Peter Cartwright.jpg
Citations:
Full Version: http://historymatters.gmu.edu/d/6370/
Cartwright Picture: http://lincoln.lib.niu.edu/cgi-bin/getobject_?c.1885:1./lib35/artfl1/databases/sources/IMAGE/

David Purviance on Cane RidgeTop
Historical Context
David Purviance was to go on to have far reaching influence in the Presbyterian church. Purviance, a resident of Cane Ridge had been moved by the work of James McGready and aimed to replicate his success. Eager to spread his Presbyterian message into politics, Purviance ran into great difficulty gaining political support due to his strong anti-slavery stance. Such a stance represents the emerging Protestant liberalism delivered throughout the Second Great Awakening, particularly during the Cane Ridge Revival.

Attached Documents
Provided below is Purviance's own account of the Cane Ridge Revival. In the account, Purviance gives a description of the work of Barton Stone which sheds light on the influence of the man.

Questions to Consider
1) Discuss the influence of Barton Stone. Did the conditions of the country at the time lead to his popularity? Why or why not?
     Purviance.rtf  
Citations:
Full Version: http://docsouth.unc.edu/nc/purviance/purviance.html

A Non-Denominational ApproachTop
Attached Documents
The final account provided is from the Reverend James Finney who was actually converted at Cane Ridge. Finney's account is unique in that it describes the very non-denominational nature of the revival; Methodists, Presbyterians, and Baptists alike all participated in the camp meetings with no denomination being subordinated to any other. Like Cartwright's account, Finney's take describes in detail the ecstatic behavior of the attendants, including the jerking mentioned by Cartwright. Most notable are Finney's assertions concerning Calvinism. The influence of Calvinist doctrine over the revival movement was quite evident, ushering in a new era of Protestant evangelism.

Questions to Consider
1) How did the adoption of Calvinist doctrine change the nature of the Protestant revival movement in the United States?
2) What impact did the non-denominational aspect of the Cane Ridge Revival have on religion in America in contemporary times?
     Reverend Finney.rtf  
Citations:
Full Version: http://www.uoregon.edu/~sshoemak/323/texts/cane_ridge_revival.htm

Barton StoneTop
Historical Context
The Cane Ridge Revival saw a lasting impact on the frontier. The revivalist spirit was to flourish throughout the new states, ushering in a resurgence in Protestantism, particularly Methodism and Baptism. Within the Presbyterian Church, however, the Cane Ridge Revival saw dissent and an eventual split. Barton Stone, one of the major leaders of the Cane Ridge Revival, was perceived by many within the Presbyterian Church to have turned his back on Calvinist doctrine, as well as going against the doctrine of the Presbyterian Church by participating in the ecstatic revival. Leader of the Springfield Presbytery in Bourbon County, Kentucky (the same county as Cane Ridge), Stone was at odds with his own desires for a unified church and the church's distaste for his work.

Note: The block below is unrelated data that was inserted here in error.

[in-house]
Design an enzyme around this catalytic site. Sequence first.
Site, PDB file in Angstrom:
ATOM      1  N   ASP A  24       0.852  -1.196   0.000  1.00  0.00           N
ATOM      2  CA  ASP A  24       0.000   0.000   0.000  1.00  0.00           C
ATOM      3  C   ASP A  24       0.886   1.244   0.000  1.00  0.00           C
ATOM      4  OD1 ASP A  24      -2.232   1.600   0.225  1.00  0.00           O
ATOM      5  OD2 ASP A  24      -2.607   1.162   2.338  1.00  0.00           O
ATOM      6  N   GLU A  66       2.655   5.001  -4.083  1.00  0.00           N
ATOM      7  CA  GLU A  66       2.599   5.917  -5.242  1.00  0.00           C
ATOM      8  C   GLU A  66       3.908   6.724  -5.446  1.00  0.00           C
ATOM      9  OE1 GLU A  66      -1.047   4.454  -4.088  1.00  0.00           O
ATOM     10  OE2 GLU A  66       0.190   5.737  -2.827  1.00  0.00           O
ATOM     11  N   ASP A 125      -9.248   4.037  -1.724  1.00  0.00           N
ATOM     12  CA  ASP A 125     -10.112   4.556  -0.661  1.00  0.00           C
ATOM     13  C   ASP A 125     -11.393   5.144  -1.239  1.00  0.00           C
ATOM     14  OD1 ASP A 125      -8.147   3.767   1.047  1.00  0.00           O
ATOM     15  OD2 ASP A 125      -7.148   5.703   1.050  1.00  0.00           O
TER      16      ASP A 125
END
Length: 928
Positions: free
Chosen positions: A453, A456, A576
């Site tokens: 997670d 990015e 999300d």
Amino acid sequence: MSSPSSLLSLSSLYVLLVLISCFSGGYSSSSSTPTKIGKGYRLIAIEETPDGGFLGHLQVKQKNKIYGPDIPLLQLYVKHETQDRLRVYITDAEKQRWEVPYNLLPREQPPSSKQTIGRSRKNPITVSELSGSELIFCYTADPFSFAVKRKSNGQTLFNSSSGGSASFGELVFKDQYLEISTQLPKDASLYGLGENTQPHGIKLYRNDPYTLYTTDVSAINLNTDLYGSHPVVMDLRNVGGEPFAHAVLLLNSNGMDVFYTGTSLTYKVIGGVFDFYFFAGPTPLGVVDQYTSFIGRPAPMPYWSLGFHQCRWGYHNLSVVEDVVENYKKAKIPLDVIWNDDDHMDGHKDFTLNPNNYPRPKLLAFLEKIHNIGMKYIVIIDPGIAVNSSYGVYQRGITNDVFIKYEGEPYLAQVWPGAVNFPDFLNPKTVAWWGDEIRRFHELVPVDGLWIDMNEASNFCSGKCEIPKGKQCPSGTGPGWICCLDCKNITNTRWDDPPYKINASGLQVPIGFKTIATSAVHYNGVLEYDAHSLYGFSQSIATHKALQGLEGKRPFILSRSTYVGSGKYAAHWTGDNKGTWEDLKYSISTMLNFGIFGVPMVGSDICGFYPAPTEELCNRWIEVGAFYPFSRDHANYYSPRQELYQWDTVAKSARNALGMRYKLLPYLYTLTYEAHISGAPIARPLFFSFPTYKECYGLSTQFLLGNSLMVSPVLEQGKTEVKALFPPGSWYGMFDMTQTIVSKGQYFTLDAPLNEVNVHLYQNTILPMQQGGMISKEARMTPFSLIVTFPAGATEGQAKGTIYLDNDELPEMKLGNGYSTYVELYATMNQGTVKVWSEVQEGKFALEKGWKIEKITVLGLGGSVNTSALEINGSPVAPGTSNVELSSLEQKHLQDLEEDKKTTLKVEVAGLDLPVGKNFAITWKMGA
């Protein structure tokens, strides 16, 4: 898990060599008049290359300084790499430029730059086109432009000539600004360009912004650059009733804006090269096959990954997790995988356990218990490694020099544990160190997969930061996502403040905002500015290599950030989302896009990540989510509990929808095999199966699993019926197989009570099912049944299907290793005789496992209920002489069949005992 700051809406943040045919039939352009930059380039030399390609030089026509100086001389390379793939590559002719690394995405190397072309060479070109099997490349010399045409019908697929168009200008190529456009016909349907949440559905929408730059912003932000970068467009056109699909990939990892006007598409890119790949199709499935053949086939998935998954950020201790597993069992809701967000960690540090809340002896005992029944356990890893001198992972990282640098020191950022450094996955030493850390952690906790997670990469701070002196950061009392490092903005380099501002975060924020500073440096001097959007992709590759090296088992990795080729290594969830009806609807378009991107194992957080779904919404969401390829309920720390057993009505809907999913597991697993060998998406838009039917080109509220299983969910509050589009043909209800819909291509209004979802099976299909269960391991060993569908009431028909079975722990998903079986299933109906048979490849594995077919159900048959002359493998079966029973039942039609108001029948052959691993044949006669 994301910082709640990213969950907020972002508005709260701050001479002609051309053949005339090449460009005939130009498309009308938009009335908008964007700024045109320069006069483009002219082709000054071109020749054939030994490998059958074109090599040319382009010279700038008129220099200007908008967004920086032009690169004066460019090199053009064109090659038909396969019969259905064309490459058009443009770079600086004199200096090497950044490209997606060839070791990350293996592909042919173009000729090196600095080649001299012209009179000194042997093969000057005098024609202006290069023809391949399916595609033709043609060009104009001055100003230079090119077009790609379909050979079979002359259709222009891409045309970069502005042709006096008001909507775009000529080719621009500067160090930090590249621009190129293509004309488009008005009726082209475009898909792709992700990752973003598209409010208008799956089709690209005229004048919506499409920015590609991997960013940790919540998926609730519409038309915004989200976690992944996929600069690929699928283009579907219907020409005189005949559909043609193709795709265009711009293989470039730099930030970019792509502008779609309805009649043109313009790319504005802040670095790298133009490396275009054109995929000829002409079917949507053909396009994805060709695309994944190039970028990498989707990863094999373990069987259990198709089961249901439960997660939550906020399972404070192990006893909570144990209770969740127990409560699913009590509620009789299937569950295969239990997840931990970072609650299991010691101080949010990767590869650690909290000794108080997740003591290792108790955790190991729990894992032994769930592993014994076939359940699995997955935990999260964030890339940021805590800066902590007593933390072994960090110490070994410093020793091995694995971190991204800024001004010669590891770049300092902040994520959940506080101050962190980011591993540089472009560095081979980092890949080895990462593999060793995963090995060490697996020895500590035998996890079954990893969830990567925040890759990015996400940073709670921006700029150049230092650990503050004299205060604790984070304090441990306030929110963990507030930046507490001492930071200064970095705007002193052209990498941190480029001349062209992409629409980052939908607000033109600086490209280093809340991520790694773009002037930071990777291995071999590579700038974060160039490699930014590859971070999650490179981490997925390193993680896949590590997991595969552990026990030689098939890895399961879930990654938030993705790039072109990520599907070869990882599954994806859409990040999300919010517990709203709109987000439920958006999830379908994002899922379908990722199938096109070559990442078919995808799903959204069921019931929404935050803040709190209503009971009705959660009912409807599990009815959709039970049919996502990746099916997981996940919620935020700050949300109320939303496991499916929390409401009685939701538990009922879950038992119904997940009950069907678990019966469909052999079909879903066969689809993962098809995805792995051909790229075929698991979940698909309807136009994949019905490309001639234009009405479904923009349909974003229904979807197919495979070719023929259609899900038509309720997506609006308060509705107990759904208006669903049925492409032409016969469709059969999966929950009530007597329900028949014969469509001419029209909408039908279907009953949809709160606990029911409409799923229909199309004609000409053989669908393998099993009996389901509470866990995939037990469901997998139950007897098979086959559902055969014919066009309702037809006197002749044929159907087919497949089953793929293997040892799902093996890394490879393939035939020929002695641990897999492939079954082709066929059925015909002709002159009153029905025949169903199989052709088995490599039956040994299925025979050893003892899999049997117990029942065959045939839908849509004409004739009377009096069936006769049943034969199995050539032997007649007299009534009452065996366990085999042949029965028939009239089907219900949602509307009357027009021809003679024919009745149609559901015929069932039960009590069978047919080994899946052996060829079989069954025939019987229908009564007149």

Attached Documents
Thus, as a result of the conflict, Stone split from the Presbyterian church, issuing in 1804 "The Last Will and Testament of the Springfield Presbytery". In asserting his independence, Stone began a new church of his own which embraced the charismatic nature of revivalism while hoping to attain an harmonious religious unity.

Reverend Finney, the aforementioned convert from the Cane Ridge Revival also provides an interesting glimpse into the work of Barton Stone. Familiar with the work of Stone, Finney describes the Presbyterian split which took place after the Cane Ridge revival. Thorough in his description of Stone's new movement, the Finney account speaks of the difficulty faced by Stone in his endeavors.

Questions to Consider
1) What was the significance of a split in the Presbyterian church?
2) Did the division of the Presbyterian church provide Barton Stone with more or less credibility? Explain your answer.
     Last Will and Testament.rtf  
     Finney on Barton Stone.rtf  
Citations:
Last Will and Testament Full Version: http://www.bible.acu.edu/stone-campbell/Etexts/lastwill.html
Finney on Barton Stone Full Version: http://www.uoregon.edu/~sshoemak/323/texts/cane_ridge_revival.htm

The Temperance MovementTop
Historical Context
Many social movements emerged as a result of the Second Great Awakening. One such movement was the Temperance Movement. The goal of this movement was teach the evils of drinking alcohol.

Attached Documents
Below you will find Temperance Cards. Theses cards were handed out on street corners, in schools, and churches.

Questions to Consider
1. Does this mirror any other movement in American history?
     Temperance Cards.jpg
     A Chronology of Temperance Movements in Harpers Ferry.rtf  
Citations:
Link to Temperance Cards: http://www.hds.harvard.edu/library/exhibits/online/hdspublicministry/typetalk.html